If your dog eats his food away from his bowl, there could be several reasons why. Behaviourist Claire Arrowsmith explains...
Q. Why will my dog eat his food off the floor but not from a bowl?
A. Behaviourist Claire Arrowsmith says: If your dog previously ate from his bowl, then it sounds as though he has made a negative association that has put him off doing so now.
You need to rule out pain and discomfort, so check his teeth are in good condition and that he isn't having difficulty bending or leaning into the bowl.
Sensitive dogs can be worried by the noise their ID tag makes as it taps against their bowl. Removing your dog's collar during feeding times, or choosing a different tag, can help - but it won't necessarily change the associations he has made in the short-term, so that will need addressing separately. Try moving your dog's bowl to a quiet area for him to eat, away from other pets or children.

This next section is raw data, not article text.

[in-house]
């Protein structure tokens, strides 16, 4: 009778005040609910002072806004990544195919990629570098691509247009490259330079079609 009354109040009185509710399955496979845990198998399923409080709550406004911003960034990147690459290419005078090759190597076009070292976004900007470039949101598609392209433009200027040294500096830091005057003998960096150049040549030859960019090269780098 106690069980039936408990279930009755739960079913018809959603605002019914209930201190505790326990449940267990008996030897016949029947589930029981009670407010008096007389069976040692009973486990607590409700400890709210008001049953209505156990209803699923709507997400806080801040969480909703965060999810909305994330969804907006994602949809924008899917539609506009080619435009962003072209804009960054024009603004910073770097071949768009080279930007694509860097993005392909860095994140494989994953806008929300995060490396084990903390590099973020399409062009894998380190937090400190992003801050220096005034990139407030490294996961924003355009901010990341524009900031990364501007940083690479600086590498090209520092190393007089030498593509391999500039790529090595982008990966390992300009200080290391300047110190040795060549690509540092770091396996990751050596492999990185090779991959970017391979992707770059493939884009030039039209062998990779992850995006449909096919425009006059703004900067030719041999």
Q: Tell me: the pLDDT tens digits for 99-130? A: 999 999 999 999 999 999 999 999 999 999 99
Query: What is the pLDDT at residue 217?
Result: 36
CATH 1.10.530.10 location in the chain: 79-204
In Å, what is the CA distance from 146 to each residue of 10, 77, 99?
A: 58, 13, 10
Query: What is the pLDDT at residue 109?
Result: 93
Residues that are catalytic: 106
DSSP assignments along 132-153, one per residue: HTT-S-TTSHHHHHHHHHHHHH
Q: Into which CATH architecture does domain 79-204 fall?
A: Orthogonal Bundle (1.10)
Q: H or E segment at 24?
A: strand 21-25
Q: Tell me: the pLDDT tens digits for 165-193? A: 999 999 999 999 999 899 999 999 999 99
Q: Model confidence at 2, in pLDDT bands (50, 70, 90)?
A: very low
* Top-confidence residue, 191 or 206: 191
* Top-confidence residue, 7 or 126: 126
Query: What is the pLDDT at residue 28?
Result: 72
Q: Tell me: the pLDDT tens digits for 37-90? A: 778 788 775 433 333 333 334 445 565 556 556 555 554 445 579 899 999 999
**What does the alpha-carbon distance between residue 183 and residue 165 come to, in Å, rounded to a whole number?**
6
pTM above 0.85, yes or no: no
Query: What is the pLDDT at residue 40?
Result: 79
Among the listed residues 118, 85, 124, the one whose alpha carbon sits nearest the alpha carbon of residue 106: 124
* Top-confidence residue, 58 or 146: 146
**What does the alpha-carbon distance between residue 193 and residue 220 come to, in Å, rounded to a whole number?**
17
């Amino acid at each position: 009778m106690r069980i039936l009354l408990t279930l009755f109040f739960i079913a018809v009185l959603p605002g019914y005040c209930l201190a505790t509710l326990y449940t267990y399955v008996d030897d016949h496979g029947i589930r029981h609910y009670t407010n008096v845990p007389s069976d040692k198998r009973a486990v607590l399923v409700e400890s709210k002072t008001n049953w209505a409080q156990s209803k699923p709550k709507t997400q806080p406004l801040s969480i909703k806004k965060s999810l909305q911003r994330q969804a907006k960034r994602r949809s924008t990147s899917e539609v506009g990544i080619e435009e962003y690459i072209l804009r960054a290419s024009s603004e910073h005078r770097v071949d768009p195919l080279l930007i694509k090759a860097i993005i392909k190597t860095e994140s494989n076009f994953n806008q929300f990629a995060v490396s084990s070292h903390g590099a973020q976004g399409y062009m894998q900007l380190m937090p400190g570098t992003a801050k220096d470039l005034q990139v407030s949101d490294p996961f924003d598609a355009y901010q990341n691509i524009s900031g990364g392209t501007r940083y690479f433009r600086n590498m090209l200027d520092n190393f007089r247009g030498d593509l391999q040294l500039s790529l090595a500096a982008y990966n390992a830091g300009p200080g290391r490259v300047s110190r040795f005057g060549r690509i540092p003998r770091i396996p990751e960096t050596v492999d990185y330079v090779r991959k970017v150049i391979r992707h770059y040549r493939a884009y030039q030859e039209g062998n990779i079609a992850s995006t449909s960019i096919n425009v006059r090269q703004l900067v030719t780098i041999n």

If you are using a shiny metal dog bowl, try a plastic or ceramic version. A larger than necessary dog bowl can help, as can a dog bowl with lower sides. Some dogs who display fear of a bowl respond well to a flat plate or even a tray.
In the short-term you could continue placing your dog's regular kibble on the floor or in activity toys.
When he is hungry, begin by placing high-value treats into his bowl and leaving them for him to find and be tempted by.
Over several sessions add in a couple of pieces of kibble alongside the treats and see how much he is willing to consume.
Take your time and avoid placing any pressure on him. Waiting around watching him to see if he will eat will make it more likely that he will remain cautious.
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